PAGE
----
Although we wish we could turn back time, aging stops for no one. That’s why it’s important to maintain overall body health as much as possible. It may not always be in your control, but there are certain aspects that you can target to ensure you’re doing everything possible to stay healthy. Working out and following a balanced diet are two ways to support a healthy body after 50 years old and beyond.
If you don’t know where to start or don’t know how to, we’ve got you covered. Jessica Sylvester, MS, RD, LDN, CNSC, CDCES, Clinical Dietitian, Media Spokesperson for the Academy of Nutrition and Dietetics, and Owner of Florida Nutrition Group, shares with us the best eating habits to have that can help you maintain a healthy lifestyle if you’re over 50.
Something to consider about these best eating habits over 50 is that “these recommendations are made for generally healthy adults without chronic medical conditions,” explains Sylvester. “Dietary advice should be unique to the individual and their medical conditions.
Furthermore, Sylvester states that these are generalized recommendations. Always check with your physician and dietitian before initiating a new dietary routine.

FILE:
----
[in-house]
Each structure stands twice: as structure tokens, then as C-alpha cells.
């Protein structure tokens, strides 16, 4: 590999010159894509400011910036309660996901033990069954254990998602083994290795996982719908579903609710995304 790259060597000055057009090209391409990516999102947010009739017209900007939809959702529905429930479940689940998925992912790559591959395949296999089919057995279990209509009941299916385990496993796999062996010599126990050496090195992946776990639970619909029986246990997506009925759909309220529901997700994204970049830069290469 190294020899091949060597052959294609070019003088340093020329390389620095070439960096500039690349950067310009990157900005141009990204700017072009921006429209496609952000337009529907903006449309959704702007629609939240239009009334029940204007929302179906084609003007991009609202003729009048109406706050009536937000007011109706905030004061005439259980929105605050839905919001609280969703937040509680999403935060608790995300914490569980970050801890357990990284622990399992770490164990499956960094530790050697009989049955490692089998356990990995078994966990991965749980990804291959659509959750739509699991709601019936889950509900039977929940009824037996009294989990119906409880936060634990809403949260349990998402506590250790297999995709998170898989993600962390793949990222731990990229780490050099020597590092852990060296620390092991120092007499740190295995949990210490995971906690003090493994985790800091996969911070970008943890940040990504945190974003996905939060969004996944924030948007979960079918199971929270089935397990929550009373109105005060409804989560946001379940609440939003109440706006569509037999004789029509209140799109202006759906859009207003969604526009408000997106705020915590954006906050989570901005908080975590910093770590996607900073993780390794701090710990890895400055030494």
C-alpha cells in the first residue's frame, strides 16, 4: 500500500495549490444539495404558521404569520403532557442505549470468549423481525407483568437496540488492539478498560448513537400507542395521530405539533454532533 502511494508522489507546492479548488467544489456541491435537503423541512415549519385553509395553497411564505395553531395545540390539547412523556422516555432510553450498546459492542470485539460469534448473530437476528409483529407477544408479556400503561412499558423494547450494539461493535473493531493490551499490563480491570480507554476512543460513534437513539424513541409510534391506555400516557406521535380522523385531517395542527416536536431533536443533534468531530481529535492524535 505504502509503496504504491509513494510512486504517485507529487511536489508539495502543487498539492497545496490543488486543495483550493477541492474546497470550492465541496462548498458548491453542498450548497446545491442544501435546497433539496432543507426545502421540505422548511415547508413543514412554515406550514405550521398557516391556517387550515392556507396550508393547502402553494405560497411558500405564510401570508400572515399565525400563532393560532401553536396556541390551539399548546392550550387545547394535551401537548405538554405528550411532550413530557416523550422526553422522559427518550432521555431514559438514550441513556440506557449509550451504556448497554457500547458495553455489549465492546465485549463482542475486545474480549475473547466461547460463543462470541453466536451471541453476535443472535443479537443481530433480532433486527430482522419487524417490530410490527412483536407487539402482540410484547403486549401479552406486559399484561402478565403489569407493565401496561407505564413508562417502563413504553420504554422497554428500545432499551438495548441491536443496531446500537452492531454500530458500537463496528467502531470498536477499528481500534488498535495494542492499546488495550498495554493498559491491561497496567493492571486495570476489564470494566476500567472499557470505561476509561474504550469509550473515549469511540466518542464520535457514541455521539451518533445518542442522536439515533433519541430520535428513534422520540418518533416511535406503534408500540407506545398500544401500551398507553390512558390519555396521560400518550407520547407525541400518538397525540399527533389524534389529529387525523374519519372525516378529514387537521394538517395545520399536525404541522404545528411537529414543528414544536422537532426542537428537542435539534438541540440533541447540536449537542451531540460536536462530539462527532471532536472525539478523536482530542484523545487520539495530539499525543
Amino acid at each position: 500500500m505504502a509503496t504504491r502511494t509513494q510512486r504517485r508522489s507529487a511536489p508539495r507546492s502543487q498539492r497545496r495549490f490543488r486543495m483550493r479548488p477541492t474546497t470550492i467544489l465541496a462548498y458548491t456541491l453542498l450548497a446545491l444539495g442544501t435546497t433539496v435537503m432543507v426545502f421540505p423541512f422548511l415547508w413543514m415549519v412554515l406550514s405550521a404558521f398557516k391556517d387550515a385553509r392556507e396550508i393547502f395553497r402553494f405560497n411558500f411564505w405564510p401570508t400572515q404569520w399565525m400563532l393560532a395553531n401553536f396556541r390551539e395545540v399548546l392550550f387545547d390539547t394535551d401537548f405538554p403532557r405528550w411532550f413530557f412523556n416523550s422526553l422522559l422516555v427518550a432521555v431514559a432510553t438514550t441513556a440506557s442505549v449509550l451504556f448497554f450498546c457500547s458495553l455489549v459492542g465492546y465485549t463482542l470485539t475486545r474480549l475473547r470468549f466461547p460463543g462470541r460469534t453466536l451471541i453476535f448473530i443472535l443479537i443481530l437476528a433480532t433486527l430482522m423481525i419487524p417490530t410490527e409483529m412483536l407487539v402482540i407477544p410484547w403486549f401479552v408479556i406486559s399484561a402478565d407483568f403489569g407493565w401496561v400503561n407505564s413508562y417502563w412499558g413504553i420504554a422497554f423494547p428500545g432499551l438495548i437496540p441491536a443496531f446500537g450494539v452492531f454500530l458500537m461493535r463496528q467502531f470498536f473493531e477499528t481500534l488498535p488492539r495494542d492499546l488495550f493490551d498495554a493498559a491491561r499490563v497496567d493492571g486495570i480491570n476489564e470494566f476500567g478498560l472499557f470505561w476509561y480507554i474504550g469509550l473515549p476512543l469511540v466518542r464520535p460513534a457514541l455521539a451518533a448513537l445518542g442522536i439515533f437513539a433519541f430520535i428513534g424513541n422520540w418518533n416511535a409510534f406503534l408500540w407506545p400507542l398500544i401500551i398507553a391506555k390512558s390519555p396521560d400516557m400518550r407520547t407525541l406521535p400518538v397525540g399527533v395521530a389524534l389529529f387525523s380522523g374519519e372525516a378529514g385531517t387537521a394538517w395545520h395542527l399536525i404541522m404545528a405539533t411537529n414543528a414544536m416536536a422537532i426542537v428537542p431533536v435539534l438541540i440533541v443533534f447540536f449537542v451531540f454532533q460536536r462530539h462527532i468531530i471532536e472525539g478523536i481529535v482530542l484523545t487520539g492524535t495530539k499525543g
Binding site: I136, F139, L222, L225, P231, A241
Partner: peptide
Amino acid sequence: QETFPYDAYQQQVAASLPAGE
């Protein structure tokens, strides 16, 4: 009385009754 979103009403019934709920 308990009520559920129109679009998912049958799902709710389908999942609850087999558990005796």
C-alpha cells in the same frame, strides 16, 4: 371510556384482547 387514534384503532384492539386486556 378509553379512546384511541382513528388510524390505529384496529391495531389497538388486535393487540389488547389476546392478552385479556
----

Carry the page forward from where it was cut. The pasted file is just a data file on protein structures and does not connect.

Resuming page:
Take a calcium-vitamin D supplement.
Bone density is at its peak during your early twenties. After that, it begins to weaken.
“As we age, our bones begin to leach calcium and we become more susceptible to falls,” Sylvester explains. “Sometimes, these falls are a result of bone frailty. Other times, they highlight diminished bone health.”
Because these falls can be detrimental to our health and well-being, and may even be life-threatening, it’s important to minimize the risk of falls and/or catastrophic results from a fall by “taking a calcium and vitamin D supplement daily.” Not only will this supplement help preserve bone density, but vitamin D also plays a role in maintaining gut health, allowing your body to absorb the nutrients consumed.
If you want to go the extra mile, Sylvester suggests avoiding consuming dairy and meat in the same meal. “Dairy contains calcium, and meat contains iron; the two minerals negate one another in the body,” Sylvester explains. “By eating them at the same time, you minimize the dietary benefits of both.”
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Eat smaller, more frequent meals.
Many things may slow down as we age, and that includes our metabolism. “As such, older adults typically need to consume fewer calories during the day than they used to,” says Sylvester.
While some people might notice that they are less hungry, others may have to adjust to this “new physiological adaptation.” To do so, she suggests eating smaller meals throughout the day.
But because you’re eating fewer calories at a time, it’s important to ensure that you are still getting enough nutrients from your foods.
“To do this while eating fewer calories, it is best to eat more frequently throughout the day,” says Sylvester. “This will ensure that you not only meet your caloric needs but your vitamin and mineral requirements as well.” Vitamins and minerals help your body function properly and preserve your health.